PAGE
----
Koenigsegg Jesko Absolut Can Do 330 MPH in Theory but Needs Space
Koenigsegg is chasing 300 mph in dramatic fashion. The Jesko Absolut is the Swedish company's idea of a high-speed streamliner, with a drag coefficient of 0.278 and 1600 horsepower from a twin-turbo V-8. It's Koenigsegg's answer to the 304-mph Bugatti Chiron Super Sport 300+.
The Absolut should be very fast, but the exact top speed remains unknown, as Koenigsegg hasn't tested it. Speaking to our friends at Road & Track on the phone, company founder Christian von Koenigsegg said he believes the automaker will be ready to do a top-speed run within a year, but he's not sure where it'll be held. The section of Nevada highway closed for the Agera RS's 277-mph run in 2017 isn't quite smooth enough for the speeds the Jesko Absolut is capable of hitting, which should be very high.
"If you run the numbers, you take the frontal area, the Cd, the power, the gear ratio, the power curve . . . the simulations say 532 km/h [330 mph], or something like that," Koenigsegg said. "It's of course a theoretical number, but that's what simulation tells us. We don't really have the ambition to drive that fast. The end result will be location, driver willingness, and car's capability. But theoretically, it looks extremely fast."
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We asked if the Johnny Bohmer Proving Grounds—a repurposed three-mile space-shuttle runway in Florida—would be suitable. "It's perfect, apart from that it's not long enough. We can go maybe 85 percent of the car's top speed there." Koenigsegg said. "The problem is when you start reaching your top speed, and you want to get your last 5 to 10 mph, they come very, very slowly while the car is flying forward and just consuming miles so quickly."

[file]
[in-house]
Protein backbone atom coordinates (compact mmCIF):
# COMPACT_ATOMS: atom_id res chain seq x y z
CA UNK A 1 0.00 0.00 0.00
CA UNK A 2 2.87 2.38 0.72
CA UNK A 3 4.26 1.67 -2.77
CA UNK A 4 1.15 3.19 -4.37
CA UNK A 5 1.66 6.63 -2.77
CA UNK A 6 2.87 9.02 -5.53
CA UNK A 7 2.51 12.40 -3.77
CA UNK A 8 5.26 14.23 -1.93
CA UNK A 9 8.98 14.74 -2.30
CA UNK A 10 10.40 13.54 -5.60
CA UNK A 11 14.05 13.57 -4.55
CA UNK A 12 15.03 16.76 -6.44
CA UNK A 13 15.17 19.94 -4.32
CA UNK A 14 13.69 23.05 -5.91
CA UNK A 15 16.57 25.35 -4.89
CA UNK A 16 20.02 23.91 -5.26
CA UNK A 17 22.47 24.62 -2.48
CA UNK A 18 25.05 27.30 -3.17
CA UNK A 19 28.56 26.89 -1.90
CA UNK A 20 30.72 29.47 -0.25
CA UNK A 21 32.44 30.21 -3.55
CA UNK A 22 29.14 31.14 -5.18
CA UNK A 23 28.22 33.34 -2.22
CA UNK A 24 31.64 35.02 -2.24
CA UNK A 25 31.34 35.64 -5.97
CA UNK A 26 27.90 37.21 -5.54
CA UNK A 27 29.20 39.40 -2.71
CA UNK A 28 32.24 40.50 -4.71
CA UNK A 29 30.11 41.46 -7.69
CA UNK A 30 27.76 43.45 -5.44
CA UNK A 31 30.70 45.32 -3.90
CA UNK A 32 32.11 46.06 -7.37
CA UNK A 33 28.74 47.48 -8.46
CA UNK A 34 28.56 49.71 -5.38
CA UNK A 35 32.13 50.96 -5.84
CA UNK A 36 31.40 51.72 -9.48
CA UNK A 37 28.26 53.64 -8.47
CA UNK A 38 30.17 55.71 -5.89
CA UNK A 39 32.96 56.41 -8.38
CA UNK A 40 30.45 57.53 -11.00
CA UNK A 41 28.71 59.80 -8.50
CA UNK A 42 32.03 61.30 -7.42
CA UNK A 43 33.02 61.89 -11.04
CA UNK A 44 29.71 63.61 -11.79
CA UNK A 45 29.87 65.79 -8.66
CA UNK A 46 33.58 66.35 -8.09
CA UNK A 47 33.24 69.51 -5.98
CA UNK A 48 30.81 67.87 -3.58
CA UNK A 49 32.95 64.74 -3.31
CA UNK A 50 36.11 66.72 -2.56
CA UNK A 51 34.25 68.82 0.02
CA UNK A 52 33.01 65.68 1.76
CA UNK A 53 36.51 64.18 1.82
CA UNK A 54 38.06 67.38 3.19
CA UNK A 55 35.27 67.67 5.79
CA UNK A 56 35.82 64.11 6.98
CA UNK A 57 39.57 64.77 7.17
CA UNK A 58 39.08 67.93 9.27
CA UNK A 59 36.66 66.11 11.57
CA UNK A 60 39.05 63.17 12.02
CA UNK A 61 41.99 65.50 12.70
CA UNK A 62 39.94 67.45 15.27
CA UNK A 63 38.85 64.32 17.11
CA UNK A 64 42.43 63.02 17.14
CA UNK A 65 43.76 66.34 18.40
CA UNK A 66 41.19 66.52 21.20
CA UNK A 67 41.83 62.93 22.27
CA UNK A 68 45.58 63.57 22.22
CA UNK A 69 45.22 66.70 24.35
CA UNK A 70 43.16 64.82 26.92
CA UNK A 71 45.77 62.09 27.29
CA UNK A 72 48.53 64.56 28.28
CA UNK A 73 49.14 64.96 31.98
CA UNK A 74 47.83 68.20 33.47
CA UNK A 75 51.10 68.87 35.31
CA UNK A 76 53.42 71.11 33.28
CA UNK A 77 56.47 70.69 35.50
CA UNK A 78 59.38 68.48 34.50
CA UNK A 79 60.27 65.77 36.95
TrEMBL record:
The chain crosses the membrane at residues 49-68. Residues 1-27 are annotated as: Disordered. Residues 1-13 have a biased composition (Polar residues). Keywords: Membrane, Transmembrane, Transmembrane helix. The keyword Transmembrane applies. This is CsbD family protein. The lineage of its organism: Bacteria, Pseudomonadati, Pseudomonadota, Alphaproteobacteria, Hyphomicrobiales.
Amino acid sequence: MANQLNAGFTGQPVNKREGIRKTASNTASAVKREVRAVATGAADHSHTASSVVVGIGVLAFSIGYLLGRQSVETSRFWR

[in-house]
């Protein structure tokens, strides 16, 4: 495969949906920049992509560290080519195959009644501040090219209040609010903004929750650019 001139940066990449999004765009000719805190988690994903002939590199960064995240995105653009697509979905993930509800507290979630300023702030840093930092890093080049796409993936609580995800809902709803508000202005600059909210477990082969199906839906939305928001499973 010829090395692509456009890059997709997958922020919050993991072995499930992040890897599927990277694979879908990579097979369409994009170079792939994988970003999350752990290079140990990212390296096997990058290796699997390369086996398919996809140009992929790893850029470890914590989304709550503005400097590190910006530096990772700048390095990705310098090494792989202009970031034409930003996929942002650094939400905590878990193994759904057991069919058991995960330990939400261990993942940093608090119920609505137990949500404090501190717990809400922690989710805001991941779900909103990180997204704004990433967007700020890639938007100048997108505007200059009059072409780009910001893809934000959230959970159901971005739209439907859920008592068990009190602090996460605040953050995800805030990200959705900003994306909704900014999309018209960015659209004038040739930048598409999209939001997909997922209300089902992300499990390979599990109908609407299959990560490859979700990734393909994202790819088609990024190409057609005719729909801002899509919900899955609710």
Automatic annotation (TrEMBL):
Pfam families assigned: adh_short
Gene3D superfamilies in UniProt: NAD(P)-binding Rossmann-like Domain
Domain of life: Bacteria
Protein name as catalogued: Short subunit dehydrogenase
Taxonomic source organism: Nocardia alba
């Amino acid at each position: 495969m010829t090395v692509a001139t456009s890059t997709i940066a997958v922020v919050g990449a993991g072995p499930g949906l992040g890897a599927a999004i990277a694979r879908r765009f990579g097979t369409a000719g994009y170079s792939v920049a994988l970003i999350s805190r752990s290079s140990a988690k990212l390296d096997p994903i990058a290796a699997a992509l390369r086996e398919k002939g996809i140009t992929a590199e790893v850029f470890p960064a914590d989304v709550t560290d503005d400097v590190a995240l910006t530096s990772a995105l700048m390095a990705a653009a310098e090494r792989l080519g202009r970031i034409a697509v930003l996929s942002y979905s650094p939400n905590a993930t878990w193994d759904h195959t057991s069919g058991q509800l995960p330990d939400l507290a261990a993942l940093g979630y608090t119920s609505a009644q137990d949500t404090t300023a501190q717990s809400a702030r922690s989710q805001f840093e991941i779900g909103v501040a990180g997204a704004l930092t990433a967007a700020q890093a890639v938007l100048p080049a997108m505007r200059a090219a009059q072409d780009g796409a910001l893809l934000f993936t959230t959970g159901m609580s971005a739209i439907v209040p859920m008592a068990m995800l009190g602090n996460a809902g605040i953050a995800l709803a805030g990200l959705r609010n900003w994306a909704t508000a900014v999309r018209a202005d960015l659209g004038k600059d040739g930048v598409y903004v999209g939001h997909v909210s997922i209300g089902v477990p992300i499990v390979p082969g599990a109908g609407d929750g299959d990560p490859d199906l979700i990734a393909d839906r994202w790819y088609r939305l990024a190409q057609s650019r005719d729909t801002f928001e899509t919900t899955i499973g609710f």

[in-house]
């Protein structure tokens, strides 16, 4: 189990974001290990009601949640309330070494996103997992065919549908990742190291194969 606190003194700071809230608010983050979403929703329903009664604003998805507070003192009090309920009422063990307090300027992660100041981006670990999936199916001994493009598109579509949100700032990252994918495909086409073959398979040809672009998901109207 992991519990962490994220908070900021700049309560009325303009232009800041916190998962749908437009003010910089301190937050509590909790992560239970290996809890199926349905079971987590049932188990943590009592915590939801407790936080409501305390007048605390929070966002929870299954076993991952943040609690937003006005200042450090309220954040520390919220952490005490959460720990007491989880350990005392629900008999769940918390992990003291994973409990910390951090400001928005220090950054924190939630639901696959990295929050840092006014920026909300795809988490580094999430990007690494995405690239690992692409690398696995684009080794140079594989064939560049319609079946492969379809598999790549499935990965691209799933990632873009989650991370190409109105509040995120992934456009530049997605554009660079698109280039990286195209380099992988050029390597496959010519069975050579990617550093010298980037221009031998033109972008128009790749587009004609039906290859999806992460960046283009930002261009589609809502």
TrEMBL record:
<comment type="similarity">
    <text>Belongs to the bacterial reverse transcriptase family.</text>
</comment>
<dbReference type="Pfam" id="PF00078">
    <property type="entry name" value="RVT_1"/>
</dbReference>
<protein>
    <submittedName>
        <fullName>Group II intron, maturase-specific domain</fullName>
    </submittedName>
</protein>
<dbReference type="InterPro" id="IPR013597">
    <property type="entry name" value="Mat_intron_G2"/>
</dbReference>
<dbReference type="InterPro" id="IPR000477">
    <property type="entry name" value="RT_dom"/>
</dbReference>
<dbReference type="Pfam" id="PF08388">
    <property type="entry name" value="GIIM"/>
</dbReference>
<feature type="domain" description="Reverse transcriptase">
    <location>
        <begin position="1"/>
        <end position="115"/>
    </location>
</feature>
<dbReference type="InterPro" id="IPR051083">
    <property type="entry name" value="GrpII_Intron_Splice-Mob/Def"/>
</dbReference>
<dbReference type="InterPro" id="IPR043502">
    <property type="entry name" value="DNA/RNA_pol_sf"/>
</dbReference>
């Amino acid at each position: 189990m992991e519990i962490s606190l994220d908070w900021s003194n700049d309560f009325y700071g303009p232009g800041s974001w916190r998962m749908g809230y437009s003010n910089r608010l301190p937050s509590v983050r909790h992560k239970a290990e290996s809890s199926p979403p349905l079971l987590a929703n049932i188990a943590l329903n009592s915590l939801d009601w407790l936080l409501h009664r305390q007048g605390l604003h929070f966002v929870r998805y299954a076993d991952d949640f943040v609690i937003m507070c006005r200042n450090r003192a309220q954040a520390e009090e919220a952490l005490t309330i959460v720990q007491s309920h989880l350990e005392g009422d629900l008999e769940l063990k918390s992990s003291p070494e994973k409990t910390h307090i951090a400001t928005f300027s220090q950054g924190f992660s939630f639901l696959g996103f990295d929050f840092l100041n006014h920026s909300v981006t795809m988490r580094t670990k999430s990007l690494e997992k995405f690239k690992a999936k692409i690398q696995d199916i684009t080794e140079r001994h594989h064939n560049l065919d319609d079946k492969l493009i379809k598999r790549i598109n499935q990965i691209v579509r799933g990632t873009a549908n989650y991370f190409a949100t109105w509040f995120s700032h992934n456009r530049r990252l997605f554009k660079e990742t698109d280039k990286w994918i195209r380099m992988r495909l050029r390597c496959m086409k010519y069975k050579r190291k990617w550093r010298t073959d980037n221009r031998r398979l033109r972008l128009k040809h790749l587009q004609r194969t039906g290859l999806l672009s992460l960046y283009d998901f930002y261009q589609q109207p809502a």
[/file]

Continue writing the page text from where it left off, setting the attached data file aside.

Arguably, the best place in the world to do such a test is Volkswagen's Ehra-Lessien proving grounds, where Bugatti set its 304-mph record. Unfortunately, Koenigsegg doesn't have access to such a facility.
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Amazingly, Koenigsegg doesn't think tires will be an issue. The company test spun the tires used on the Agera RS to 330 mph for a minute without an issue. "Michelin, when they were there during our testing, they didn't believe their eyes. How kind our cars are to their tires." Koenigsegg engineers will verify that the Absolut's tires will be able to handle the speeds if the opportunity to test comes up, but Christian isn't worried. Even if the Jesko Absolut never gets to break the 300-mph barrier, it still represents an amazing engineering achievement. Its 0.278 drag coefficient is remarkably low when considering the fact that it has wide tires and high cooling requirements for the brakes and drivetrain. "We did not expect to get this low," Koenigsegg said.
The back wheels have removable covers that add about 4 to 5 mph to the Jesko Absolut's top speed, while the rear wing is gone and the rear clamshell has been smoothed and extended. Two vertical fins help increase high-speed stability and reduce drag, while the splitter and dive planes are removed for the Absolut.
KOENIGSEGG JESKO ABSOLUT (L) AND "REGULAR" JESKO.
Koenigsegg will price the Jesko Absolut higher than the more track-focused version released last year because of the increased investment it took to get the drag coefficient so low, and the expected cost of high-speed testing. Just 125 examples of the Jesko will be built, and Koenigsegg said he doesn't yet know how many customers will go for the Absolut, as the configurator was just sent out recently.
So will the Jesko Absolut beat Bugatti? Who knows. But what is certain is that after the Jesko Absolut is finished, Koenigsegg will exit the top-speed chase.
"This is the fastest Koenigsegg we will ever endeavor to make," Koenigsegg said at the car's reveal.